On September 16, 2011, President Obama signed into law the Leahy-Smith America Invents Act (the "Act"), which makes the most comprehensive changes to the U.S. Patent Laws since the enactment of the Patent Act of 1952. The Act overhauls the patent system, moving the U.S. to a first-to-file system, expanding infringement defenses, creating new post-grant review procedures and implementing a surcharge on all patent-related fees.

The following is a chronological summary of key changes to the U.S. Patent Laws.

Changes Effective Immediately

Inter Partes Review 

The Act heightens the standard for determining whether the Director of the U.S. Patent and Trademark Office (PTO) may authorize a request for inter partes review, which allows members of the public to request and participate in the reexamination of an issued patent. The new standard of review requires that the petitioner present information sufficient to show a "reasonable likelihood" that the petitioner will prevail in invalidating at least one challenged claim. Prior to enactment, the petitioner was only required to present information sufficient to show that a "substantial new question of patentability" affected any claim of the issued patent.

Prior Commercial Use Defense 

Prior to the Act, the prior commercial use defense could only be asserted against patent claims directed to methods of doing or conducting business. As a result, some corporations were faced with a difficult choice. A corporation could maintain a non-business method, such as a manufacturing process, as a trade secret and run the risk of being blocked by a later filed patent, or the corporation could file a patent application disclosing their secret process to the public. The Act expands the prior use defense to cover subject matter consisting of a process, or a machine, manufacture, or composition of matter, used in a manufacturing or other commercial process, which would otherwise infringe the claims of an issued patent, if the alleged infringer commercially used such subject matter in the United States at least one year before the effective filing date of the claimed invention or the date on which that claimed invention was disclosed to the public. The expanded prior use defense applies to any patent issued on or after September 16, 2011.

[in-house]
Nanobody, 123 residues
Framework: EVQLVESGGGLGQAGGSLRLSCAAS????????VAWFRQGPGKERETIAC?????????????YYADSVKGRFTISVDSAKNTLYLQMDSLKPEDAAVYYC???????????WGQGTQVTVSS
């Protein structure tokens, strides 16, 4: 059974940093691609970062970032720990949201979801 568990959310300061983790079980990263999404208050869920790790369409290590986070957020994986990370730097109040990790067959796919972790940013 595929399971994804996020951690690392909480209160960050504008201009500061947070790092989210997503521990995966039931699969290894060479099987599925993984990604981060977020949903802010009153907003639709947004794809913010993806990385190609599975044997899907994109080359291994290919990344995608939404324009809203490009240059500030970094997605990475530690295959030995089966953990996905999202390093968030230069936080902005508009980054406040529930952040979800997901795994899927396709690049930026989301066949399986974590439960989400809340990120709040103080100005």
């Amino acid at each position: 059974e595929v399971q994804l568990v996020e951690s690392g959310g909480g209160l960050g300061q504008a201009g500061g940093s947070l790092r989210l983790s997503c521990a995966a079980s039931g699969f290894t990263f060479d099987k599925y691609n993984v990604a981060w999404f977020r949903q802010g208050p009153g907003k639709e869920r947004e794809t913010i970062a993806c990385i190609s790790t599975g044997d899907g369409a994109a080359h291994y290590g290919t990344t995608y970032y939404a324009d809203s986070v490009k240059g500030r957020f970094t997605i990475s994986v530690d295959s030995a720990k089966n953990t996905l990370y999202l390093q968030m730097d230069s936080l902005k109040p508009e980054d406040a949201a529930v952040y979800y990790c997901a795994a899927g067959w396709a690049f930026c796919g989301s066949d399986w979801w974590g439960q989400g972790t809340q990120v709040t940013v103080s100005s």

Best Mode Defense

The U.S. Patent Laws require that a patent set forth the best mode of carrying out the invention contemplated by the inventor. Prior to the Act, a defendant in a patent infringement suit could invalidate a patent by showing that the inventor failed to disclose the best mode of carrying out the invention. The Act eliminates the best mode defense for all actions commenced on or after September 16, 2011.

Virtual Patent Marking

The Act establishes virtual patent marking. A patent holder may now mark products by using the word "patent" or "pat." together with an Internet address that associates the patented article with the number of the patent.

False Marking

The Act all but eliminates "qui tam" actions for false marking where the plaintiff is a private citizen. The Act requires that a plaintiff in a private action show "competitive injury" as a result of a false marking violation. Moreover, the Act limits damages resulting from a false marking violation to "adequate" compensation for the injury. These amendments will apply to all cases that are pending on, or commenced on or after, September 16, 2011.

New Joinder Rules

The Act limits a plaintiff's ability to join unrelated defendants in patent infringement actions. Under the new rules, parties that are accused infringers may be joined in one action only if questions of fact are common to all defendants. The mere fact that the defendants are accused of infringing the same patent or patents is not a sufficient basis for joinder.

Tax Strategy Patents 

The Act eliminates the granting of patents directed to strategies for reducing, avoiding or deferring tax liability. The term "tax liability" is defined as any liability for a tax under federal law, state law, local law or the law of any foreign jurisdiction. The Act does not eliminate the granting of patents for systems or methods of preparing a tax return or filing, or for systems or methods used solely for financial management.

Human Organism Patents

The Act eliminates the granting of patents directed to human organisms. This limitation applies to any patent application currently pending and patent applications filed on or after September 16, 2011.